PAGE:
United States District Court, N.D. Ohio, Eastern Division
MEMORANDUM OF OPINION AND ORDER
SOLOMON OLIVER, JR., UNITED STATES DISTRICT JUDGE.
Se Plaintiff Ronnie Woodall, Jr., a detainee in the
Cuyahoga County Jail, has filed an in forma pauperis civil
rights Complaint in this matter seeking damages and other
relief against multiple Cuyahoga County officials and
employees, including Armond Budish, Ken Mills, Eric Ivey,
Emily McNeeley, Douglas Dykes, and Clifford Pickney. (Doc.
No. 1.) In his Complaint, Plaintiff objects to numerous
alleged conditions in the Jail, contending they subject him
to cruel and unusual punishment. He complains he is not being
provided adequate medical care and that numerous other
inhumane conditions generally exist in the Jail, including
unsanitary food trays, black mold, and asbestos. In addition,
he complains there is no law library and that inmates have
inadequate access to large muscle recreation, lawyers, and
family due to “red zoning.” (Id. at
federal courts are obligated to construe pro se complaints
liberally, see Williams v. Curtin, 631 F.3d 380, 383
(6th Cir. 2011), such principles are not without
limits. See Young Bok Song v. Gipson, 423 Fed.Appx.
506, 510 (6th Cir. 2011). Plaintiffs proceeding
pro se must still meet basic pleading requirements, and
courts are not required to “conjure allegations on
[their] behalf.” Erwin v. Edwards, 22
Fed.Appx. 579, 580 (6th Cir. 2001).
Prison Litigation Reform Act, Pub. L. No. 103-134, 110 Stat.
1321 (1996), requires a district court to dismiss before
service any prisoner action seeking redress from “a
governmental entity or officer or employee of a governmental
entity” if the complaint is frivolous or malicious,
fails to state a claim on which relief can be granted, or
seeks monetary relief from a defendant immune from such
relief. See 28 U.S.C. § 1915A. To survive a
dismissal for failure to state a claim under § 1915A,
“a complaint must contain sufficient factual matter,
accepted as true, to state a claim to relief that is
plausible on its face.” Hill v. Lappin, 630
F.3d 468, 470-71 (6th Cir. 2010) (holding that the
dismissal standard articulated in Ashcroft v. Iqbal,
556 U.S. 662 (2009) and Bell Atlantic Corp. v.
Twombly, 550 U.S. 544 (2007) governs dismissals under 28
U.S.C. § 1915A).
review, the court finds the Plaintiff's Complaint must be
Plaintiff does not set forth allegations specifically
connecting any defendant to the unconstitutional conditions
or misconduct he alleges, and it is well established that
supervisory officials cannot be liable for constitutional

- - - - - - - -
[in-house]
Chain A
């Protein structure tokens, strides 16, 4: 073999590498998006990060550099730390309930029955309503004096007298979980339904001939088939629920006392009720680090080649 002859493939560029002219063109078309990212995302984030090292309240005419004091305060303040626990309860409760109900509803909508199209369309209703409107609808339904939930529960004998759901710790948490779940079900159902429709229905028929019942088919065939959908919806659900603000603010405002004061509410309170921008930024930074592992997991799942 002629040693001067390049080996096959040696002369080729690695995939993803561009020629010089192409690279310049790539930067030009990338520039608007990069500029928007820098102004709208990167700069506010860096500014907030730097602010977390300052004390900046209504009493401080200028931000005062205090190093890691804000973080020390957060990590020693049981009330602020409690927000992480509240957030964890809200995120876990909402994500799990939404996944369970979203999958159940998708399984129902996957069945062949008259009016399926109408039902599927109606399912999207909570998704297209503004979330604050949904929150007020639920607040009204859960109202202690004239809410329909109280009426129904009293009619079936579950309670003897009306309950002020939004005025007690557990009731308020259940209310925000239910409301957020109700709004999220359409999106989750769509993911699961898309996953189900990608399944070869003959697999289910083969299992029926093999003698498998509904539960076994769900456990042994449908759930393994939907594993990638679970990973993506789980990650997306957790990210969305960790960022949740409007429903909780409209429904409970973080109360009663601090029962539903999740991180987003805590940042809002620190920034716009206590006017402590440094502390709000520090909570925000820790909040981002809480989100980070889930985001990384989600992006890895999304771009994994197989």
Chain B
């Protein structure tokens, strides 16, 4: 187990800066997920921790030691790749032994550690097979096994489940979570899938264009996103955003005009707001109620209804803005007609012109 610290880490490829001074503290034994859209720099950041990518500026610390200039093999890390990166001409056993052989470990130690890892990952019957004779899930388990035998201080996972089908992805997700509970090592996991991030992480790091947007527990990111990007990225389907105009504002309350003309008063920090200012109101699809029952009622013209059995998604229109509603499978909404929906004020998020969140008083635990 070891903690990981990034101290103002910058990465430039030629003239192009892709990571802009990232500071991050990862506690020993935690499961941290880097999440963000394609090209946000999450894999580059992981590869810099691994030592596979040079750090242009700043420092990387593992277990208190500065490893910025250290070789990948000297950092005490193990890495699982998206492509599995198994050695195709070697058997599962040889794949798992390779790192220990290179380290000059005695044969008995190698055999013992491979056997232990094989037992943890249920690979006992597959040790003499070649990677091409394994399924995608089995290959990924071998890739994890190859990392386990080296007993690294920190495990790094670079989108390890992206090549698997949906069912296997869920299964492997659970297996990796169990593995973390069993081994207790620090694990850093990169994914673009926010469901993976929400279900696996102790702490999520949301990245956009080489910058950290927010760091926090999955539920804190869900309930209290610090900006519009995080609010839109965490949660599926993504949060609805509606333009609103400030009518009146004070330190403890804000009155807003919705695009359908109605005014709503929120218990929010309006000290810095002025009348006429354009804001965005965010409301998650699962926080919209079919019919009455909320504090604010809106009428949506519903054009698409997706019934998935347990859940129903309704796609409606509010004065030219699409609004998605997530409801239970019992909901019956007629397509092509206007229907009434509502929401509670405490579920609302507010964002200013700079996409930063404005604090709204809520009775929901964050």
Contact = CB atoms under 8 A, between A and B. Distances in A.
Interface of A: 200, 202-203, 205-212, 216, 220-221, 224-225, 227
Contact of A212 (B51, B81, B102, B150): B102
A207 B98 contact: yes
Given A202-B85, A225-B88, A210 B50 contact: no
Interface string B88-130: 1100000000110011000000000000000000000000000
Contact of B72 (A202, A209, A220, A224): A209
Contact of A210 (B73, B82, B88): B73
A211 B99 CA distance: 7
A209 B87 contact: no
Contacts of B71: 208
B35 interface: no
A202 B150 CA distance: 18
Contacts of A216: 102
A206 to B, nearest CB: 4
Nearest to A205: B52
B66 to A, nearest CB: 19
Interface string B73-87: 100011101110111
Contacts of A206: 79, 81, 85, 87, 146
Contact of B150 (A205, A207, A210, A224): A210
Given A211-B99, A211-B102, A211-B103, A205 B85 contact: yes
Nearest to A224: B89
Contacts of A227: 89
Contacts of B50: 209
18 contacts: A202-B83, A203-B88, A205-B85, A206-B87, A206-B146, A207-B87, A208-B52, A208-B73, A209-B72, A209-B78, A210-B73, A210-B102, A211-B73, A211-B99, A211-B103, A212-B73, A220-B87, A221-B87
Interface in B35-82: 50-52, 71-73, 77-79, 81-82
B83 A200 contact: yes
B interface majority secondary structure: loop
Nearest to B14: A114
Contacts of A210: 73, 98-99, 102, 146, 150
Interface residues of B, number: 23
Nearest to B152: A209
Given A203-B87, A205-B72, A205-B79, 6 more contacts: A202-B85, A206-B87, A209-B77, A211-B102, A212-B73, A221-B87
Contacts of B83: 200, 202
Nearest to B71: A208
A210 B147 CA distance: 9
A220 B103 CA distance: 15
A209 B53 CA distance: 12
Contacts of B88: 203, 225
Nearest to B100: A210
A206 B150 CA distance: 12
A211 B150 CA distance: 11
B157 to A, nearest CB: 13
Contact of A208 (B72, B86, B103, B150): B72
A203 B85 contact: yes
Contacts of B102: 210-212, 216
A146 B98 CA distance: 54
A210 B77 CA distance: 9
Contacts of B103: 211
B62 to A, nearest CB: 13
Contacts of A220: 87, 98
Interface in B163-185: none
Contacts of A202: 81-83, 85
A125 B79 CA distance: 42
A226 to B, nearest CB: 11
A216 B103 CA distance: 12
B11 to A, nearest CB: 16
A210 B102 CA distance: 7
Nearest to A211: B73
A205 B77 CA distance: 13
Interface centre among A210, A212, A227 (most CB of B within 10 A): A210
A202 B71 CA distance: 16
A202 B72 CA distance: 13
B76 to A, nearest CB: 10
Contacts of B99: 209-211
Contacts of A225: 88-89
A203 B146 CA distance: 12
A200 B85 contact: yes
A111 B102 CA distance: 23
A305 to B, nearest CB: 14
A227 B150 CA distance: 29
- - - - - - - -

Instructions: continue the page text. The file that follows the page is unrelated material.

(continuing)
violations of subordinates under 42 U.S.C. § 1983 solely
on the basis of respondeat superior. A plaintiff cannot
establish the individual liability of any defendant for
constitutional violations absent allegations showing that
each defendant was personally involved in the conduct which
forms the basis of his claims. “Because vicarious
liability is inapplicable to . . . § 1983 suits, a
plaintiff must plead that each Government-official defendant,
through the official's own individual actions, has
violated the Constitution.” Iqbal, 556 U.S. at
676. Accordingly, where, as here, individuals are merely
named as defendants in a civil rights action without
supporting allegations of specific conduct in the body of the
complaint, the complaint is subject to dismissal even under
the liberal construction afforded to pro se plaintiffs.
See Gilmore v. Corr. Corp. of Am., 92 Fed.Appx. 188,
190 (6th Cir. 2004) (“Merely listing names in the
caption of the complaint and alleging constitutional
violations in the body of the complaint is not enough to
sustain recovery under §1983"); Frazier v.
Michigan, 41 Fed.Appx. 762, 764 (6th Cir. 2002)
(affirming dismissal of complaint that did not allege with
any degree of specificity which of the named defendants were
personally involved in or responsible for each alleged
violation of federal rights).
Plaintiff has not plead facts sufficient to raise a claim
against Cuyahoga County under Monell v. Dept. of Soc.
Servs., 436 U.S. 3 (1978) for unconstitutional acts
resulting in his injury as a result of an unconstitutional
policy or custom.
the Plaintiff's Complaint is dismissed pursuant to 28
U.S.C. § 1915A. The court further certifies, pursuant to
28 U.S.C. § 1915(a)(3), that an appeal ...